2 Reasons It Will Be Tougher to Get a Mortgage in 2014
There's no doubt about it: This has been a banner year for the U.S. economy. Steady improvements have brought about the much-anticipated tapering of the Federal Reserve's quantitative easing program, and unemployment dipped to 7% in the fourth quarter.
Housing has improved, too. Sales prices are recovering, and the nation's markets are slowly normalizing. In September, the National Association of Home Builders noted that 291 of the 361 metro areas the group monitors are now considered "improving housing markets," the highest since the NAHB began tracking this metric two years ago.
If you are thinking that 2014 might be the year to jump back into the housing market, however, you may be disappointed. The brightening economy, along with some new mortgage rules that will debut on January 10, could combine to make financing a home measurably more difficult in the New Year. Here are the two biggest threats to those planning to obtain a mortgage in 2014.
A stronger economy will decrease mortgage affordability
This may sound contradictory, but the healing economy has produced two scenarios that will continue to constrain home buying: rising home prices, and the beginning of the end of the Fed's easy money program, known as QE3.
With the foreclosure crisis receding, home prices have begun to rise as reduced inventory pushes prices upward. Overall, this is a good thing -- except if you are applying for a mortgage, which may have now become too expensive to be affordable.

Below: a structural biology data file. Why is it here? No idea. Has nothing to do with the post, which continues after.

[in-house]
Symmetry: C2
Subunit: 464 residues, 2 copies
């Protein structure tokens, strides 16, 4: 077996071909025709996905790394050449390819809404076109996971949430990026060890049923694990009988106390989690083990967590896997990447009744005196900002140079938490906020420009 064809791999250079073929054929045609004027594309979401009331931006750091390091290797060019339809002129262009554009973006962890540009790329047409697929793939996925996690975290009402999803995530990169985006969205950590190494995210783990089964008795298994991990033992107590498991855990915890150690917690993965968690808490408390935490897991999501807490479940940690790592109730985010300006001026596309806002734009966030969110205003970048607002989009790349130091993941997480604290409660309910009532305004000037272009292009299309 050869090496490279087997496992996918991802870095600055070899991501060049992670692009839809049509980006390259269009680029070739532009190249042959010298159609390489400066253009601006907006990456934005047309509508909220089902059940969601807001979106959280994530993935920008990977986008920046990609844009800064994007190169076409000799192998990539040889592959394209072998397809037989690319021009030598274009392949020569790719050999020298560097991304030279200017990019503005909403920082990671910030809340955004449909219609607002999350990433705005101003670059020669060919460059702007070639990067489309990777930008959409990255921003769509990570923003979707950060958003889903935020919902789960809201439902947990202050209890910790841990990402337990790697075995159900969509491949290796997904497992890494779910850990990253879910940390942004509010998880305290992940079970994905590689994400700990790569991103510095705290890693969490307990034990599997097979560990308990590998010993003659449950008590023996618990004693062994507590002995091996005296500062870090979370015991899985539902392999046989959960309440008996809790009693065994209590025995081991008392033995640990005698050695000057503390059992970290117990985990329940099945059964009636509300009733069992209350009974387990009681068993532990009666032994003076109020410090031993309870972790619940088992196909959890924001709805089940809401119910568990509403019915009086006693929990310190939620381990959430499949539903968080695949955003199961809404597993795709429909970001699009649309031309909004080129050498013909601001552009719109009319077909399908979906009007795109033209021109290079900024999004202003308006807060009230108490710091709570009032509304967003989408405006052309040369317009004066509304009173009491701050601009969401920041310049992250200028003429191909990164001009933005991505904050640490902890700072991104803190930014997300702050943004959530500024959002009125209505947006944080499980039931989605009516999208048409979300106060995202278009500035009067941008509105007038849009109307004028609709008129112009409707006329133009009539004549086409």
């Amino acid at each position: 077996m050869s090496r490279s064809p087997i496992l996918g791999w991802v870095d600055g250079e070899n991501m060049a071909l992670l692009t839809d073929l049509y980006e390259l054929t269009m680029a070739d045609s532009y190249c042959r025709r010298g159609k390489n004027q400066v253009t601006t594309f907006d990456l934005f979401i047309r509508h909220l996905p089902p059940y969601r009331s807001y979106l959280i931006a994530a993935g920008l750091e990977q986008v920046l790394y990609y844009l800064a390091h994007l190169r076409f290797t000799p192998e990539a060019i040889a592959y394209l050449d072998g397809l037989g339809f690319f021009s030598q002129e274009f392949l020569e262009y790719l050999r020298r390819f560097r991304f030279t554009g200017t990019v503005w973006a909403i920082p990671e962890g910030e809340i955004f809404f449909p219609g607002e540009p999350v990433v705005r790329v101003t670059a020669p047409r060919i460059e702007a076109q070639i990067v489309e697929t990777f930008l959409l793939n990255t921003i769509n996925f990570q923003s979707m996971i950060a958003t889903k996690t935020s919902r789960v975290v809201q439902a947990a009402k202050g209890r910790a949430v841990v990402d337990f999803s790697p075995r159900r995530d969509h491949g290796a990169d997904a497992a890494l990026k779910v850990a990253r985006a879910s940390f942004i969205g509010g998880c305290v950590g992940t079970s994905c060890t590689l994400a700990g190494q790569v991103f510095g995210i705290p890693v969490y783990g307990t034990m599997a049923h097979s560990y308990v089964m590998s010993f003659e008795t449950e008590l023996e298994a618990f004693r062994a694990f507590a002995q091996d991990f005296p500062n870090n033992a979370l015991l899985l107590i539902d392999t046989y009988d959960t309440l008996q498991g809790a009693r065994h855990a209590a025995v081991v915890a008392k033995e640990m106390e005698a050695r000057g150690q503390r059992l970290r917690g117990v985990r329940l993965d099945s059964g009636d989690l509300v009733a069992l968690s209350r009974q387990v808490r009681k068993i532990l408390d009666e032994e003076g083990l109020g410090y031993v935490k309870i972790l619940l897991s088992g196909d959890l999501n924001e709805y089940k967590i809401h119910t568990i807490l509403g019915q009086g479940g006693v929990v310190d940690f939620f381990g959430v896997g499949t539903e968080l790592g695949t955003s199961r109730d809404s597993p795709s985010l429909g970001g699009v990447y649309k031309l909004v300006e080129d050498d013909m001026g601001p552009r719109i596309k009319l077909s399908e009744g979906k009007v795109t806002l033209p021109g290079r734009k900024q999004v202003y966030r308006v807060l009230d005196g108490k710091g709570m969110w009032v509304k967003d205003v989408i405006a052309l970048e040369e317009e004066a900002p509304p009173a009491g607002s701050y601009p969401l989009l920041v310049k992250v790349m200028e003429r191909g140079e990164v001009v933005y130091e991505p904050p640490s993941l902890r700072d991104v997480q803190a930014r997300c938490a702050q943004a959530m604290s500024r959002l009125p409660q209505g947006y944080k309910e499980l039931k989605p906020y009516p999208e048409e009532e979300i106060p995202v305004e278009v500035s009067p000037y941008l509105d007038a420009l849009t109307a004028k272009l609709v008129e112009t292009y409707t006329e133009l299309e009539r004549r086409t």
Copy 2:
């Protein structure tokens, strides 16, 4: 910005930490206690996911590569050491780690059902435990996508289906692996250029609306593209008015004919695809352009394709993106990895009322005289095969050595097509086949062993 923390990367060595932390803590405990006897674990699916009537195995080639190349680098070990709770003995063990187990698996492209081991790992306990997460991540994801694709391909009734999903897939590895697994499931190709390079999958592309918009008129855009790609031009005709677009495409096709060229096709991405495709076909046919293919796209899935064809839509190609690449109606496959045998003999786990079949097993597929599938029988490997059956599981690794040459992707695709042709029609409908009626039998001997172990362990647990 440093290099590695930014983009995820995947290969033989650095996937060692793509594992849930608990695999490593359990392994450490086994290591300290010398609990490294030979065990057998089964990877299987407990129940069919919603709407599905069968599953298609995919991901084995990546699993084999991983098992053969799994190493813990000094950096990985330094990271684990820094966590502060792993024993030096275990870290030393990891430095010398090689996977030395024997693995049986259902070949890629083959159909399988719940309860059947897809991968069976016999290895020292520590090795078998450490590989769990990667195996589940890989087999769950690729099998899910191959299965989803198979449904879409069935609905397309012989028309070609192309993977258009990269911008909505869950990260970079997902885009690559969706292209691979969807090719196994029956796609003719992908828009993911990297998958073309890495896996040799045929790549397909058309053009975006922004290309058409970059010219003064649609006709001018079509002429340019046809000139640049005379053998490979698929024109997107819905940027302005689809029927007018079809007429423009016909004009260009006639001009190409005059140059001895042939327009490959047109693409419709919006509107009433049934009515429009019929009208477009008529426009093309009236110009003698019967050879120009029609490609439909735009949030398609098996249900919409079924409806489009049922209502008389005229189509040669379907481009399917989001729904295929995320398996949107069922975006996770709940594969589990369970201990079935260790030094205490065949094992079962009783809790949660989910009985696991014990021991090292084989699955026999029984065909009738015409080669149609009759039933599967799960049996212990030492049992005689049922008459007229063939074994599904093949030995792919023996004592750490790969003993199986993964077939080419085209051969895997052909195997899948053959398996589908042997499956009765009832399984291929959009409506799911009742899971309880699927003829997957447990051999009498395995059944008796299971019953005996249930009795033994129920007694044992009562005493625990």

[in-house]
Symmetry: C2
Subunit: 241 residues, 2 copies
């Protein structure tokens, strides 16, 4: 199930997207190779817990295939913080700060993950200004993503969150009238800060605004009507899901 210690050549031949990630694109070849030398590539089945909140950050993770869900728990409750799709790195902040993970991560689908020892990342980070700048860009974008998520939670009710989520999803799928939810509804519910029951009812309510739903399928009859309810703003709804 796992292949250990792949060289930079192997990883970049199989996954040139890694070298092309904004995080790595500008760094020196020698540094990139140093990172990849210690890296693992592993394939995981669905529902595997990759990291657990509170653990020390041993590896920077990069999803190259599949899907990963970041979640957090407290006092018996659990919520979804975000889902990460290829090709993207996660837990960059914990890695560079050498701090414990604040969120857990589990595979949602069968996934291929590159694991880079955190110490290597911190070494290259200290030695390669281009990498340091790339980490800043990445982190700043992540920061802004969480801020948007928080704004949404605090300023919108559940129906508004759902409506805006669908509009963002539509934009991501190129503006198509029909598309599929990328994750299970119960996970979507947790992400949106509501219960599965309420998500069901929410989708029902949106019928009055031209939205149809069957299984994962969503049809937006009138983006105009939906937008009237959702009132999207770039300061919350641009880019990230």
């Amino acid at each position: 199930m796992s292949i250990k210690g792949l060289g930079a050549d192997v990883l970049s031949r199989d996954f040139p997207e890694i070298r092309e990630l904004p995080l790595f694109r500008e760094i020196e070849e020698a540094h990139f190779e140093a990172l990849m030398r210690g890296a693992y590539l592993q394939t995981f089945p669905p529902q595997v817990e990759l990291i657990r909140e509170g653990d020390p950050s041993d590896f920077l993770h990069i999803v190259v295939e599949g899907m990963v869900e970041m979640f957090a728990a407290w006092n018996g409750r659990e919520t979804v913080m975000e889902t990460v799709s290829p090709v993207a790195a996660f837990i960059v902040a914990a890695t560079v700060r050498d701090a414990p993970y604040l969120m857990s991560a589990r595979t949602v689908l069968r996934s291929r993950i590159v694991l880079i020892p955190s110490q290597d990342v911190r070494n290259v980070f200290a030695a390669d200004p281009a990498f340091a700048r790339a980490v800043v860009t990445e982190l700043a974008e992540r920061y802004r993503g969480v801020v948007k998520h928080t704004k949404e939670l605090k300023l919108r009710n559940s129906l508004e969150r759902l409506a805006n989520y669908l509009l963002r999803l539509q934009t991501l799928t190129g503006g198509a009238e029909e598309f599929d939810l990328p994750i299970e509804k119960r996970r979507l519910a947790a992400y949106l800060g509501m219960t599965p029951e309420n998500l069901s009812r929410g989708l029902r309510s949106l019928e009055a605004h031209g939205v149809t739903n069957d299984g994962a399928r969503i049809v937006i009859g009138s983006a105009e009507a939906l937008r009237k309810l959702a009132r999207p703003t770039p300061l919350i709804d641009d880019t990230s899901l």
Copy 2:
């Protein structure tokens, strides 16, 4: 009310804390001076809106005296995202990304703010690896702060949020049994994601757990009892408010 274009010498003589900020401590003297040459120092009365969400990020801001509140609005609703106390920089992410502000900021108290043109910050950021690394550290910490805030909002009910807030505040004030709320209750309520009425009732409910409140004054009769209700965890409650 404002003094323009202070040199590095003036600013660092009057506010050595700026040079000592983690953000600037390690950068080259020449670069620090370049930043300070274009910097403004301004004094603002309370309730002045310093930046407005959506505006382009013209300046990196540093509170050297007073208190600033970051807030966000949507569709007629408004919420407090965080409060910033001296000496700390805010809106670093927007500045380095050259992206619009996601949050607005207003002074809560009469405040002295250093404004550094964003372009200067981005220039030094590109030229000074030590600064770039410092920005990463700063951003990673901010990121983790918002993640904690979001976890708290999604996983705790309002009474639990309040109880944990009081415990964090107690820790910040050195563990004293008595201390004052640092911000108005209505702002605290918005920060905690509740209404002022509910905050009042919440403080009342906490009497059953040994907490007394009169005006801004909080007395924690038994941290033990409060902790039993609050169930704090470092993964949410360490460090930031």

Likewise, long-term interest rates have risen approximately 1.25 percentage points over the past year, and promise to go even higher now that the Fed will be winding down the program that has been instrumental in keeping 30-year mortgage rates low.
Rising home prices and climbing interest rates are already having a deleterious effect on the housing market. According to the NAHB, 69.3% of homes sold in the second quarter of 2013 were considered affordable to buyers making the median income of $64,400, while only 64.5% of homes sold during the third quarter qualified as affordable.
Qualifying for a mortgage will be more difficult
New mortgage rules promulgated by the Consumer Financial Protection Bureau will go into effect next month and could send a chill through the mortgage-lending sector.
The rules seek to prevent another subprime meltdown and require lenders to document borrowers' ability to repay loans. They also ban certain types of loan products, such as no-documentation loans, negative amortization, balloon payments, as well as points and fees that constitute more than three percent of the value of the loan.
Loans that embrace these parameters will be categorized as "qualified mortgages," and lenders will be protected from liability if borrowers default.
While the added protections are good for both lenders and borrowers, some analysts see problems for those meeting the 43% or less debt ratio, as well as the self-employed and retired -- two groups of borrowers that may have issues with documentation of income. Others note that the added paperwork and expenseare the same no matter the size of the loan, which may result in fewer lenders offering smaller loans of $150,000 or less, which would directly impact the first-time homebuyer.
A change for the better? Time will tell
Some aspiring homeowners recently received one piece of good news, courtesy of incoming Federal Housing Finance Agency Director Mel Watts. Watts, who is set to be confirmed in January, has postponed fee increases by Fannie Mae and Freddie Mac on borrowers with less-than-stellar credit or those unable to put down a full 20% down payment. Those increases had been scheduled to go into effect in March.
While higher interest rates are certain to squelch home lending, not everyone thinks that the new CFPB rules will have the same effect. The agency's Director, Richard Cordray, has commented that most loans being made already comply with the new rules.
It seems likely that there will be some tightening of mortgage credit due to the new rules, however -- which, combined with higher interest rates and rising home prices, will make obtaining a mortgage much more challenging in the coming year.
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